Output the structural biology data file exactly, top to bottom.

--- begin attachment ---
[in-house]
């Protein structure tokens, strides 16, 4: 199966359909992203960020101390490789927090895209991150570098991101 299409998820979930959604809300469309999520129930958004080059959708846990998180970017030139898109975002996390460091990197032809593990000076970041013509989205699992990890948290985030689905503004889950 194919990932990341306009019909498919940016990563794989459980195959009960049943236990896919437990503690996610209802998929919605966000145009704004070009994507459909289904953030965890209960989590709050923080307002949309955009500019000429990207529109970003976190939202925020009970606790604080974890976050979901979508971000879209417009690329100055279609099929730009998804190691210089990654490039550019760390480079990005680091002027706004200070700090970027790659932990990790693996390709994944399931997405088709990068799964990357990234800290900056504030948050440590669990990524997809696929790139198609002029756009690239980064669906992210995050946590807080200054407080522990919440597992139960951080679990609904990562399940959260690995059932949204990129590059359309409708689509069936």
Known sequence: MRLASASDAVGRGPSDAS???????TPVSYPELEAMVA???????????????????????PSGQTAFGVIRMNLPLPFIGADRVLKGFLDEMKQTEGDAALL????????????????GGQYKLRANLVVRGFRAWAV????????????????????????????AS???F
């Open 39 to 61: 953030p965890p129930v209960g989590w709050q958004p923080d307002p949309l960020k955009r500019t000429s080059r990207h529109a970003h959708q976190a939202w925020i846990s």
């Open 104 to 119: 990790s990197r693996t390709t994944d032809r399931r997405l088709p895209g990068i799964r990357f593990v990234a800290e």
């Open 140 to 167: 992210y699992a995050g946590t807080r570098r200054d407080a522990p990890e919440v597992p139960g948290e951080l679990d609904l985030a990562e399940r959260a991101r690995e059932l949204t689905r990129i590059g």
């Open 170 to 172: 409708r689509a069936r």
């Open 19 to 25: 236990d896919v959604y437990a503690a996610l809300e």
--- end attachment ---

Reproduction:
[in-house]
């Protein structure tokens, strides 16, 4: 199966359909992203960020101390490789927090895209991150570098991101 299409998820979930959604809300469309999520129930958004080059959708846990998180970017030139898109975002996390460091990197032809593990000076970041013509989205699992990890948290985030689905503004889950 194919990932990341306009019909498919940016990563794989459980195959009960049943236990896919437990503690996610209802998929919605966000145009704004070009994507459909289904953030965890209960989590709050923080307002949309955009500019000429990207529109970003976190939202925020009970606790604080974890976050979901979508971000879209417009690329100055279609099929730009998804190691210089990654490039550019760390480079990005680091002027706004200070700090970027790659932990990790693996390709994944399931997405088709990068799964990357990234800290900056504030948050440590669990990524997809696929790139198609002029756009690239980064669906992210995050946590807080200054407080522990919440597992139960951080679990609904990562399940959260690995059932949204990129590059359309409708689509069936």
Known sequence: MRLASASDAVGRGPSDAS???????TPVSYPELEAMVA???????????????????????PSGQTAFGVIRMNLPLPFIGADRVLKGFLDEMKQTEGDAALL????????????????GGQYKLRANLVVRGFRAWAV????????????????????????????AS???F
């Open 39 to 61: 953030p965890p129930v209960g989590w709050q958004p923080d307002p949309l960020k955009r500019t000429s080059r990207h529109a970003h959708q976190a939202w925020i846990s």
């Open 104 to 119: 990790s990197r693996t390709t994944d032809r399931r997405l088709p895209g990068i799964r990357f593990v990234a800290e």
């Open 140 to 167: 992210y699992a995050g946590t807080r570098r200054d407080a522990p990890e919440v597992p139960g948290e951080l679990d609904l985030a990562e399940r959260a991101r690995e059932l949204t689905r990129i590059g």
């Open 170 to 172: 409708r689509a069936r």
């Open 19 to 25: 236990d896919v959604y437990a503690a996610l809300e």